Walter de Lacy (1046, Lassy (Normandy) 1089, Hereford) was a companion of William I of England and came to England in the year 1066 to fight in the battle of Hastings. Walter de Lacy was buried at Gloucester Cathedral.

Ilbert de Lacy (1045, Lassy (Normandy) 1093, Pontefract) built Pontefract Castle on land granted by William I of England.

Walter had a daughter, Emma, born 1080 who married Hugh Talbot.

They had a son, Gilbert, born 1102, but for some reason he insisted on keeping his mothre's name.

They had a son Hugh, born 1125, and that is where it gets interesting. In 1160 he married Rosa de Clare, a half-sister of Strongbow.

Strongbow, or Richard Fitz Gilbert De Clare (born 1130) had married Eve MacMurchada, daughter of Dermot MacMurchada, and as a result of this, and in return for his fighting support had been promised to be made King of Leinster on Dermot's death.

Strongbow and Eve had 2 children, a son Gilbert, who died in infancy, and a daughter, Isabel (died 1220). She married William Marschal (died 1219) in 1189 when she was seventeen years old. He was forty three. They had ten children, five boys, five girls, William, Richard, Gilbert, Walter, Anselm, Matilda, Isabel, Sibila, Eva, and Joan. All five sons died violent and sometimes mysterious deaths, with rumours and theories abounding that a deliberate attempt was made by Henry III to extinguish a potential rival bloodline with royal claims..

Of these ten children, Lynch interest centres on Isabel, but mention will be made of William and Richard again. Isabel went on to have seven children, Richard, Maud, William, Gilbert, Amicia, Anges and Isabel. Of these, Maud will feature later.

Returning to Hugh de Lacy, born 1125, who married Strongbow's half sister, Rosa, in 1160. He did not travel with Strongbow's invasion in 1170. Instead he arrived in 1171, at the request of Henry II, who by then was nervous of Strongbow's position in Ireland, and in order to dilute it, he granted Hugh and other knights some of the lands that Strongbow had acquired.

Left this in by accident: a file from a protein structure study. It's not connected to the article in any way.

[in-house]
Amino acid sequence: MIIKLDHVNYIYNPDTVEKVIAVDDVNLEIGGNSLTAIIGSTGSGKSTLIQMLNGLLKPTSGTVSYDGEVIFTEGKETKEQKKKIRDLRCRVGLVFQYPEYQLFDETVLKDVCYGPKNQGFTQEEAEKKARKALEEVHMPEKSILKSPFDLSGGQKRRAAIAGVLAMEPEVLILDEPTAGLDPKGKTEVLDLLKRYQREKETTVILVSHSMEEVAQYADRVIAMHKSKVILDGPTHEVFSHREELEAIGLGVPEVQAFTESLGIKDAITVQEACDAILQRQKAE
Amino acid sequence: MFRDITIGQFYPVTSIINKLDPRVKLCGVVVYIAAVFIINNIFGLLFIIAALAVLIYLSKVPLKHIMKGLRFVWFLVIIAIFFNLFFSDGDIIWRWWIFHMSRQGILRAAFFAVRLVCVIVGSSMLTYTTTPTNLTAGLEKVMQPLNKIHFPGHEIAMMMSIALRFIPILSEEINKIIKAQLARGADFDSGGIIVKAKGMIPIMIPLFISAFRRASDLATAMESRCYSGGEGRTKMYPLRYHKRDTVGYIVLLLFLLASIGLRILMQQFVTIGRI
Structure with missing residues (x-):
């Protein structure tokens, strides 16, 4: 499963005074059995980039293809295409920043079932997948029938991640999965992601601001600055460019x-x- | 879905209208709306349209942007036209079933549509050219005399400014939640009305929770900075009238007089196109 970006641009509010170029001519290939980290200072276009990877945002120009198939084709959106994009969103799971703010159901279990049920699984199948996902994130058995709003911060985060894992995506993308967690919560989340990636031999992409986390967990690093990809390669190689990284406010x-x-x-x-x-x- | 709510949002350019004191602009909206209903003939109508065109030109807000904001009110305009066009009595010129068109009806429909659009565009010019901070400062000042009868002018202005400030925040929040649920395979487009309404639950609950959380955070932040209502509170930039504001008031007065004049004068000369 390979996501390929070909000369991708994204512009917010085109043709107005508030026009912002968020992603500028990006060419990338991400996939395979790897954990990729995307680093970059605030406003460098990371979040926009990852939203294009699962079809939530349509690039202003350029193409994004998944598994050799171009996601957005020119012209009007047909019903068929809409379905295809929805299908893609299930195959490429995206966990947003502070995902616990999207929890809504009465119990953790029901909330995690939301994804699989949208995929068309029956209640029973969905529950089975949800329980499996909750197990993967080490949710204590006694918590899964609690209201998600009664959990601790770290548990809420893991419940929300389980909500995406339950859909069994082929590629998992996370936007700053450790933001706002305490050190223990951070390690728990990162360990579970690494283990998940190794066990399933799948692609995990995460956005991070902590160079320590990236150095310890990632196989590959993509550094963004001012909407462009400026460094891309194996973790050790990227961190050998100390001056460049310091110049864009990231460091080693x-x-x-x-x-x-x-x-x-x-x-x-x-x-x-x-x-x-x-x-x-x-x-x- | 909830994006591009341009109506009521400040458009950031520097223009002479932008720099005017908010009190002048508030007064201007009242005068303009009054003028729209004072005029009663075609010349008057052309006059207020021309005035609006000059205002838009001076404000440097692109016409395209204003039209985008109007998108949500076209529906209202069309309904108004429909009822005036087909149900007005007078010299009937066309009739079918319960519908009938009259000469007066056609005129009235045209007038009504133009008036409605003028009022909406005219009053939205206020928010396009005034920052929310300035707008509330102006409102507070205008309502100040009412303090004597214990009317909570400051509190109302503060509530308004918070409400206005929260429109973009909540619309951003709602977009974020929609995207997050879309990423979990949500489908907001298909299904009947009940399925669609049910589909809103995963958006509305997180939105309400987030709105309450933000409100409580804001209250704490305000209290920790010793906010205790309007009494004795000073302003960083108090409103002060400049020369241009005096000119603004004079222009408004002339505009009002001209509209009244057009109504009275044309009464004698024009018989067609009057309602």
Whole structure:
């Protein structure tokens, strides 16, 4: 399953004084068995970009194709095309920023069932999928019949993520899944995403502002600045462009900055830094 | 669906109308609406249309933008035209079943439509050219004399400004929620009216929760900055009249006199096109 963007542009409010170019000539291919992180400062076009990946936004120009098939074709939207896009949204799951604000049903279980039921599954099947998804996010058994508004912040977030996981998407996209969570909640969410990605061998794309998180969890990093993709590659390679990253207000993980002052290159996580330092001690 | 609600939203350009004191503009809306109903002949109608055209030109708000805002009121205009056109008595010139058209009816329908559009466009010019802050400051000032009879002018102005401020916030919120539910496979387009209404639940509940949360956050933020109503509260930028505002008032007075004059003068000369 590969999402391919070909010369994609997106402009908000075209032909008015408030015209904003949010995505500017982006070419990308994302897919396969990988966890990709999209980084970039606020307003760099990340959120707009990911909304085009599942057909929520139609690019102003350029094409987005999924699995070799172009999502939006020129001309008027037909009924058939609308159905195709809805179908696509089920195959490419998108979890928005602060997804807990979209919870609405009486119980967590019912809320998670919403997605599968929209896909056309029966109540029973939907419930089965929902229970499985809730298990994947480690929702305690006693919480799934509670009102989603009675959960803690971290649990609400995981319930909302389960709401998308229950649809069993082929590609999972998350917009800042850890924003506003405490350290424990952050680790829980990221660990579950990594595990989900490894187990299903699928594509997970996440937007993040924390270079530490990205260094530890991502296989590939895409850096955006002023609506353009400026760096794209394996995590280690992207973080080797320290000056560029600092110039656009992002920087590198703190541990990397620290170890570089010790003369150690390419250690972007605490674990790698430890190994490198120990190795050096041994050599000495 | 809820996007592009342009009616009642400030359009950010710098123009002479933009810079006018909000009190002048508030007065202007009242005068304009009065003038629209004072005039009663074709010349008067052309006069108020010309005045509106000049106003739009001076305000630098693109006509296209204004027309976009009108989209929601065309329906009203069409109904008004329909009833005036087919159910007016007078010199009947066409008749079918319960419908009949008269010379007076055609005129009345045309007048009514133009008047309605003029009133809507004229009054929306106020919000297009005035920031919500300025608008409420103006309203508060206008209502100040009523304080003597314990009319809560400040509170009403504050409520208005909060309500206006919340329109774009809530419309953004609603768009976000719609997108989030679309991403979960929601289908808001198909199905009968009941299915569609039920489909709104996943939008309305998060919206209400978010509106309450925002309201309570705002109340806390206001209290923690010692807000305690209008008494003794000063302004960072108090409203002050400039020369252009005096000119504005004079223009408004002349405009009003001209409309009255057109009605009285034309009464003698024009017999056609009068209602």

Hugh de Lacy and Rosa had 3 children, a daughter born 1162, and sons Hugh and Walter born 1168, 1170. Hugh (2) went on to be the first Earl of Ulster, Walter was lord of Meath and Ludlow.

No year of death has been established for Rosa, but in 1178, Hugh married again. Obviously not for too much disruption, this time he married Rose. This was Rose O'Connor, daughter of Rory O'Connor, last high king of Ireland, and a constant thorn in Strongbow's side, Strongbow having been called back to England in 1175 to co-sign the Treaty of Windsor between O'Connor and Henry II.

Hugh de Lacy was summoned back to England in 1180 to explain his Irish (and not pure blood Norman) connections. By this time Hugh and Rose had a son, William de Lacy. It was then decreed that due to being half-Irish, William would not be allowed retain the Norman name of De Lacy. Neither was he entitled to Norman lands or possessions. Hugh was killed in a skirmish near Durrow 1185.

William had joined with his half brother Hugh in attacking William De Marschal's (Strongbow's grandson) lands in Ireland until 1224 when Hugh was captured and brought to England. After William was poisoned in 1231, his brother Richard inherited his Irish estates. Richard, who spent considerable time in France, in the company of the Frenc h King, had fallen out of favour with Henry III, or at least some of his advisors, namely Peter des Roches, bishop of Winchester, who had managed to get Richard declared a traitor, and as such, his lands in Ireland were up for grabs. William De Lacy returned to his old ways, and when Richard came to Ireland to defend them, it was William de Lacy who had him killed in 1233.

William had a son, John. For reasons already outlined, John was known as De Lynch, not De Lacy. John was the first Lynch to settle in Galway, but before he did, he took a wife, one Maud De Clare. This Maud was also mentioned previously. She was the daughter of Isabel, who was Strongbow's grand-daughter whose brother Richard had died at the hands of her son-in-law's father, William De Lacy.

John settled in Galway and had a son called Nicholas, who, due to his sallow complexion became known as Nicholas Dubh Lynch rather than De Lynch (Dubh being the Gaelic Irish for Black or dark). When subsequent generations were less sallow, this became the start of the native Galway tribe of Lynch.

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Patrick Lynch of Lydican's Timeline

Lydacan Castle,Gort, Galway
Lydican, County Galway, Ireland